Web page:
This Crazy 'Star Wars' Theory About Rey's Past Is Also Totally Conceivable
With the premiere of the first The Last Jedi trailer, the eighth episode in the "Skywalker saga," the Star Wars speculation train is back in operation, and once again, star Daisy Ridley is fielding questions about her character's lineage.
Fans will recall that Episode VII: The Force Awakens introduced us to the lonely scavenger Rey, who was abandoned on the desert planet of Jakku as a child. Rey's parentage was a subject of debate even before The Force Awakens hit screens, and it's a question that continues to rile fans. Is she Leia's daughter? Luke's daughter? A descendant of Palpatine? The reincarnation of Anakin Skywalker?
Earlier this month, actor Josh Gad probed Ridley about her character's last name at a Star Wars Celebration panel. "Is your name Rey Skywalker?" Gad joked, then added, "Is your name Rey Kenobi?" The latter question was met with a fierce round of applause from the audience. "That's a popular answer, clearly," said a cheeky Ridley.
But is it more than just speculative? Could it be that Rey, our newest sStar Wars heroine, is actually the granddaughter of Obi-Wan? The evidence certainly stacks up, perhaps more clearly than any other posited option. Let's put on our tinfoil X-Wing helmets and consider the possibility of "Rey Kenobi."
Rey is clearly not the child of Han Solo (and probably isn't Luke's kid either)
Prior to the release of The Force Awakens, the most potent fan theory was that Rey was the offspring of Han Solo and Leia Organa. Ridley bears a striking resemblance to Natalie Portman, who played Padme Amidala, Leia's mother, in the prequel trilogies. It would also align her with Kylo Ren, Han and Leia's son. In the old Star Wars novels, Han and Leia had twins named Jacen and Jaina, and although Disney paved over the canon-approved story after purchasing Lucasfilm, some fans thought the twin storyline might carry over. But The Force Awakens made it pretty clear that Rey isn't Han and Leia's child.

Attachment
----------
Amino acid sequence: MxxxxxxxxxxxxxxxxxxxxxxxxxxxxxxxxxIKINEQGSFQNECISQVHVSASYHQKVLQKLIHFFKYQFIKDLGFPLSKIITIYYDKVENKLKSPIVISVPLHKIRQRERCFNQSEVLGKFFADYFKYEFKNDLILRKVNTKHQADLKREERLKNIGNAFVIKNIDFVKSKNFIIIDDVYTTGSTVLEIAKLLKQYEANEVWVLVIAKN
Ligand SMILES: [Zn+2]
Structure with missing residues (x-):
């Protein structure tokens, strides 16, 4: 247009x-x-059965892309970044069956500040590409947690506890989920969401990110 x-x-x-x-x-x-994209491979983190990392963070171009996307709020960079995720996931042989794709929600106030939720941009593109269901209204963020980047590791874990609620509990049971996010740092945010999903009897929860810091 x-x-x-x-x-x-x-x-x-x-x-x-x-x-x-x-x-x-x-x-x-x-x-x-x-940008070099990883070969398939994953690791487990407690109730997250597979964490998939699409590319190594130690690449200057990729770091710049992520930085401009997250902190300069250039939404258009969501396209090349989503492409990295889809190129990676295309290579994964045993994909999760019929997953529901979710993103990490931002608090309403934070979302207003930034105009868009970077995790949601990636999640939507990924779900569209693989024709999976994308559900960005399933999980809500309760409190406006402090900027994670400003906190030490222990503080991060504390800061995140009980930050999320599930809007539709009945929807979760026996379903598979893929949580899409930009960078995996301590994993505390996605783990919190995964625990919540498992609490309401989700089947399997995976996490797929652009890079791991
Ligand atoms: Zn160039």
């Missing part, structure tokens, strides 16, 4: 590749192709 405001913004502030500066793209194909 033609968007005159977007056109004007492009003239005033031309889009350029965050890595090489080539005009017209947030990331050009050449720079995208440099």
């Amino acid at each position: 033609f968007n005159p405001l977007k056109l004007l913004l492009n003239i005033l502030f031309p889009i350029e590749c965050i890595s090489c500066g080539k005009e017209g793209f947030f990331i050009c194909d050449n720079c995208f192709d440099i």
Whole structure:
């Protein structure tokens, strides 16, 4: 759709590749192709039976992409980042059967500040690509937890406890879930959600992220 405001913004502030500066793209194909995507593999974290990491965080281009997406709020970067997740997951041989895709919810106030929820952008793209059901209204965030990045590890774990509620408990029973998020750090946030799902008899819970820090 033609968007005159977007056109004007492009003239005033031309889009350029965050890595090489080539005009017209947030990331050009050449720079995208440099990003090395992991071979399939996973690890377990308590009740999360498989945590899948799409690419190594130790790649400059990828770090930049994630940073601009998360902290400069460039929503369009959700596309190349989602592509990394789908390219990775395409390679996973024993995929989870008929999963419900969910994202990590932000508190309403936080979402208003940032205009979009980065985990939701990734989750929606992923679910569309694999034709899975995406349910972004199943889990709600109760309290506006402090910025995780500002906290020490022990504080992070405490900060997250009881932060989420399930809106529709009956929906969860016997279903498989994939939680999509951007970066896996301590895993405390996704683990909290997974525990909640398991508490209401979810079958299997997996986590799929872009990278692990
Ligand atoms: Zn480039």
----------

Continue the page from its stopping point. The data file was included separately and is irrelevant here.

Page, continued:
It's also unlikely that Rey is Luke's daughter. Wouldn't Han and Leia recognize their niece? Wouldn't Rey, who believes that Luke Skywalker is a myth and knows of his history with Han Solo, recognize that man as her father if that was indeed the case? And moreover, why would Luke just abandon his child on a desert planet without so much as a note or an encoded message? There are too many holes in the theory to answer cleanly. Perhaps Rey is a nobody after all.
But then why keep Rey's parentage a mystery?
If Rey is indeed a nobody, why keep her last name a secret? The importance of family has always been a key value in in the Star Wars saga. Indeed, Pablo Hidalgo, head of the Lucasfilm story group, confirmed on Twitter that Rey's heritage is important to her story.
"The theme of family, legacy, lineage and all that is always important in [Star Wars]," he wrote. "Sure, it's important in regards to Rey."
So if we can assume that Rey isn't simply a nobody, that she's not a Solo, and is probably not a Skywalker, who could she be that would still add weight to the story?
The saga has always been about Skywalker vs. Kenobi
Both the original trilogy and the prequels deal with a Skywalker-Kenobi conflict. In the very first Star Wars film, we learn that Obi-Wan is a powerful Jedi master who watched over Luke on his home planet of Tatooine until he was ready to be trained in the Force. In the prequel trilogy, we see a younger Obi-Wan train Luke's father, Anakin Skywalker, much like he will eventually train his son. Even after Anakin assumes the title of Darth Vader and kills Obi-Wan, he remains important to the story. His Force ghost guides Luke in both The Empire Strikes Back and Return of the Jedi.
George Lucas once said that each Star Wars saga is "like poetry," and each stanza "rhymes." We already know that Kylo Ren has Skywalker blood. We also know that he was named after Obi-Wan, who went by "Ben" during his time on Tatooine. It would add a certain symmetry if the sequel trilogy was about the descendants of the Skywalkers and the Kenobis once again locked at ends. It would also be an extra knife to the gut of Kylo if Rey were both the grandchild of his namesake and trained by his uncle, as The Last Jedi trailer shows. Kylo already has to live up to two legacies, and seeing this random woman serve him on both fronts would be thematically rich and personally devastating.